When typing, some people use a single space after a sentence; others use two spaces. For the most part, I think these typing habits are meant to relate to two different typographic styles: double-spacing approximates what some call “english spacing”, while the single-spacing style is usually called “french spacing” (although “american spacing” might be more accurate for English-language text).

I freely admit that the choice between the two is merely a matter of style; neither is definitively “wrong”. As with other matters of style, however, the choices you make are interpreted as a reflection of your background and your values.

The history in brief

Single-spacing has always been the norm in French, but the double-spaced style was common for English-language typography until after the second World War. In the 1950s American publishers largely switched to french (single-)spacing, with the rest of the English-speaking world following soon after. I don’t think I’ve come across a professionally-typeset publication using “english spacing” that was printed in my lifetime.

Apparently the US government’s style guide recommended two spaces between sentences as late as 1959, but even this incredibly anachronistic guide (still dedicated mainly to typewriter typography) now recommends single-spacing:

2.49. A single justified word space will be used between sentences. This applies to all types of composition.

I was taught the “two spaces after a period” rule in an American high school typing class I took in the 1990s. I have little recollection of the exercise book we used, but it made little or no mention of computers and I would not be at all surprised if it was originally authored before 1960. I also dimly recall a recommendation from my mother that I use two spaces at the end of each sentence, based on a rule that she had learned in a typing class.

The TeX typesetting system, designed in the 1970s by Donald Knuth, has always added extra space between sentences by default, but this behavior can be changed with the \frenchspacing command. Most of the common LaTeX styles I use (LNCS; Elsevier) automatically set this option.

Technical details of HTML make adding extra space between sentences much more cumbersome than simply hitting the space bar twice. Single-spaced sentences have always been the norm on the web.

How these styles are interpreted

Often what is interpreted as a stylistic choice is really nothing but a habit of which its owner is unaware. Still, lack of attention to one’s style sends a message of its own, as does the preference for habit over style. It would be difficult not to make assumptions about the social life of a man wearing mismatched clothes two decades out of fashion.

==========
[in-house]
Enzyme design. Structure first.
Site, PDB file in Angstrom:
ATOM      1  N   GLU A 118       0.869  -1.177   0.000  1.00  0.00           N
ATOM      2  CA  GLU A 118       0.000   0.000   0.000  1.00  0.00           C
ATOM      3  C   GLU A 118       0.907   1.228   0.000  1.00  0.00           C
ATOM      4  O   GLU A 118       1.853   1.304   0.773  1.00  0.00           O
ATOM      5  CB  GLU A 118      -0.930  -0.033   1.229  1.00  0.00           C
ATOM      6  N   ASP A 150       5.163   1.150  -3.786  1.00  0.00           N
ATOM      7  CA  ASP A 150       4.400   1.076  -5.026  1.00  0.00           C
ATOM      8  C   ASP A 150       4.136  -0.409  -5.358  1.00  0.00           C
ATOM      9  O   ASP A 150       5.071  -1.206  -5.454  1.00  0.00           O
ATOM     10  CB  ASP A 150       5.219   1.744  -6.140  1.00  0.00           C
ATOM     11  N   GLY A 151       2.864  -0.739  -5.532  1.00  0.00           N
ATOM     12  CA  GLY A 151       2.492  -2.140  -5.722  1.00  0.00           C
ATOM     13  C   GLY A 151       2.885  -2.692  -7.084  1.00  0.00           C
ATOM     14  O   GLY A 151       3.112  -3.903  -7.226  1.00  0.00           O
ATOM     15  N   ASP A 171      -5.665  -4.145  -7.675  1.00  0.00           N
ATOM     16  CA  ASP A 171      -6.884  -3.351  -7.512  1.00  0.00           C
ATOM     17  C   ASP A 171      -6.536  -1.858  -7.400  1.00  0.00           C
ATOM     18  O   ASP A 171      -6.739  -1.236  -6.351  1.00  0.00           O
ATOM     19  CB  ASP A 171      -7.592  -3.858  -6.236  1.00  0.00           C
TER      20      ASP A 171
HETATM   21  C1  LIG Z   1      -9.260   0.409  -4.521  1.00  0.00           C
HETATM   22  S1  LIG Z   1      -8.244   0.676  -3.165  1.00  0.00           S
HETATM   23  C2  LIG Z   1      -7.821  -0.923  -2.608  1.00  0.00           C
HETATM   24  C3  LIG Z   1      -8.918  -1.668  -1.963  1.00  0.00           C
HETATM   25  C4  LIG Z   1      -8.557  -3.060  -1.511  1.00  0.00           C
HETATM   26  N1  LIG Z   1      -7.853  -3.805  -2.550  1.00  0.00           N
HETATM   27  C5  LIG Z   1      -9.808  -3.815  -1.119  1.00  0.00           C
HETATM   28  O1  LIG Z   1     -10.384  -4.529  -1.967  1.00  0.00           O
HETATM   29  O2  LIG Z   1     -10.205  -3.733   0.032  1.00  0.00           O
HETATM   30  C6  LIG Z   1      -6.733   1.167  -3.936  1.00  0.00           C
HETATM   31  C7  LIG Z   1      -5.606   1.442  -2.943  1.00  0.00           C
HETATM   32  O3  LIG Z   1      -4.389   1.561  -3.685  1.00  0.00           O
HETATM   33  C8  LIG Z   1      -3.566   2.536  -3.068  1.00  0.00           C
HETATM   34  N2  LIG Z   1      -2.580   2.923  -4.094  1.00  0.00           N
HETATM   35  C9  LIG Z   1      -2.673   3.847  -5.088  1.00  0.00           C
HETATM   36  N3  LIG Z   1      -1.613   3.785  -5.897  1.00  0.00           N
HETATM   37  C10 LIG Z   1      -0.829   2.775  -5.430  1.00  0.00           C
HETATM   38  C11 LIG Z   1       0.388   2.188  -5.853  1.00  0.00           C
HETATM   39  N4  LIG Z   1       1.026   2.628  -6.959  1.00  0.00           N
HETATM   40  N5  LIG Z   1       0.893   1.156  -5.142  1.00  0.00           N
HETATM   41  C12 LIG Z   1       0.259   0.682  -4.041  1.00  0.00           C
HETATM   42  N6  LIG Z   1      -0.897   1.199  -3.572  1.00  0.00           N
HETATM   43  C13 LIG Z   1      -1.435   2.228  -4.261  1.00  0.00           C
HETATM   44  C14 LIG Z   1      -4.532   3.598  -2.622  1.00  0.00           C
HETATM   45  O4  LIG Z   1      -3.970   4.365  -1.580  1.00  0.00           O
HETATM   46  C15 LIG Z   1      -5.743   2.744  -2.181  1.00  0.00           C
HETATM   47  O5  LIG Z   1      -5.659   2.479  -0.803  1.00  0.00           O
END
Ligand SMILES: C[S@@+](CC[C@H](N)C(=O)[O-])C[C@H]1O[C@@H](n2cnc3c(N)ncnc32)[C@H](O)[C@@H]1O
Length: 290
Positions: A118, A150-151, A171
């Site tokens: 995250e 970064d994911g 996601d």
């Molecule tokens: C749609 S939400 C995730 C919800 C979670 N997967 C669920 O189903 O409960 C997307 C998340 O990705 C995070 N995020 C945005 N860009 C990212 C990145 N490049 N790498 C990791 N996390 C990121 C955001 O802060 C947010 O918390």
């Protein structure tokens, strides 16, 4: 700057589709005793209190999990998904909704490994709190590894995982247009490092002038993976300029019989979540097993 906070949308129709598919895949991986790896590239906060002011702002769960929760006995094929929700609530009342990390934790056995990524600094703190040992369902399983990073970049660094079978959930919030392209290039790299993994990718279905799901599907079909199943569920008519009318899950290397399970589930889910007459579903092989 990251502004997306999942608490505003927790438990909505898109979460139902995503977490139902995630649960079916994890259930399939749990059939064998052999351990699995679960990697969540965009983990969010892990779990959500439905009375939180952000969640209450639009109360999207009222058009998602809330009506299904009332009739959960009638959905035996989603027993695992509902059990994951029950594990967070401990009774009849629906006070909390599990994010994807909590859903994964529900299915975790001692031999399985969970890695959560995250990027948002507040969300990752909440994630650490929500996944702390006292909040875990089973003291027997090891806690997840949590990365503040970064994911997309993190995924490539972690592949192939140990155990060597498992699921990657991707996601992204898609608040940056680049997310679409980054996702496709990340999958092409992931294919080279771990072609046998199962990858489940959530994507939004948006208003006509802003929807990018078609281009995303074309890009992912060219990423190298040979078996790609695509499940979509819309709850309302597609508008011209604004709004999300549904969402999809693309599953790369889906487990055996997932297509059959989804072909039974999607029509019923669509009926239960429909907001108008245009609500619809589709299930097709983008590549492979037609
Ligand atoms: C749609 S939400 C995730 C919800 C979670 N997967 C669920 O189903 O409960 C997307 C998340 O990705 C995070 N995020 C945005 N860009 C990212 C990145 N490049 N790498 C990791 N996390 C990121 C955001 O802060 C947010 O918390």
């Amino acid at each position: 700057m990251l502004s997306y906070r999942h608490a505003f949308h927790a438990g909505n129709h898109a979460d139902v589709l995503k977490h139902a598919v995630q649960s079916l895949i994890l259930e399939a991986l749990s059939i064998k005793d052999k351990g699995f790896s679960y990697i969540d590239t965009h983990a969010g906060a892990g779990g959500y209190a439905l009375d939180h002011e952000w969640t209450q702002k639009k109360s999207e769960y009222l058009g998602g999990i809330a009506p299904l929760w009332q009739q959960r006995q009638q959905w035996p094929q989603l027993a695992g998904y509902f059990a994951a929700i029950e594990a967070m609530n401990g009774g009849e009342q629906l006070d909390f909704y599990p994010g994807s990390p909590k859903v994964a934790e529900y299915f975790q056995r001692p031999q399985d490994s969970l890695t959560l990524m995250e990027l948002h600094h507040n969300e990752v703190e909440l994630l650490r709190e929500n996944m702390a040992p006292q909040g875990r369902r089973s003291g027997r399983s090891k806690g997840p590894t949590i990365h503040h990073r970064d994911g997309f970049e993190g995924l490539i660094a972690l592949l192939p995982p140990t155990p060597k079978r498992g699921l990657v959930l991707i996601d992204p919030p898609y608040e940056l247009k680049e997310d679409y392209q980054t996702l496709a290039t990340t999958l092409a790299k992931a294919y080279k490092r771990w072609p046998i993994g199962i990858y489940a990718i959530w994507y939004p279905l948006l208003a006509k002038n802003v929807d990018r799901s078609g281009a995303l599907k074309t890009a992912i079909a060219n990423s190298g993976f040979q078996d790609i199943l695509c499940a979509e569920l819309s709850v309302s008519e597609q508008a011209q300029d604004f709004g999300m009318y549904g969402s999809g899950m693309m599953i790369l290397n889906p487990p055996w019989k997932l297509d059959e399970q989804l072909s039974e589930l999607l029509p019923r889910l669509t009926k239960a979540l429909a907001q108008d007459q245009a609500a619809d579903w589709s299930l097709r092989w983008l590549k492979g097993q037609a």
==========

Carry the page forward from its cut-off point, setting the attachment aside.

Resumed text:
It’s tough to identify any strong impression I get from single-spaced sentences: single spacing is the norm in all professional typography, on the web, and in the vast majority of email (at least for those below the age of fifty).

Double-spaced sentences, however, are rare enough to draw my attention. I consider this novelty somewhat undesirable in its own right—style should not distract from content. Whether fair or not, I have quite a negative instinctive reaction to double spacing, for a number of reasons:

  1. It betrays an ignorance of contemporary literature and design. A programmer unfamiliar with common coding conventions and idioms is a programmer who hasn’t worked with much pre-existing code; a writer unfamiliar with standard typography is a writer who doesn’t read.

  2. It’s pretentious. Knowledge of the “two spaces after a period” rule is evidence of a formal education in typing; its application separates the writer from those without such an education.

  3. It’s prescriptivist. “Two spaces after a period” is a classic example of a rule promulgated by authority which flies in the face of actual usage. Neither language nor style is subject to decree; both are natural phenomena which manifest and converge despite, not because of, attempts to codify them.

  4. It’s old-fashioned. Styles change. Sixty years ago double-spaced sentences may have been common. They may come back into fashion in another sixty. In 2009, double spacing is an eccentricity.

Obviously these are just my own prejudices. I have friends who double-space their sentences, and I usually suggest that they reconsider their style in the same way I’d try to warn a friend about a particularly ugly shirt.

I’ll give the last word to Robert Bringhurst’s The Elements of Typographic Style:

2.1.4 Use a single word space between sentences

In the nineteenth century, which was a dark and inflationary age in typography and type design, many compositors were encouraged to stuff extra space between sentences. Generations of twentieth-century typists were then taught to do the same, by hitting the spacebar twice after every period. Your typing as well as your typesetting will benefit from unlearning this quaint Victorian habit. As a general rule, no more than a single space is required after a period, a colon or any other mark of punctuation. Larger spaces (e.g., en spaces) are themselves punctuation.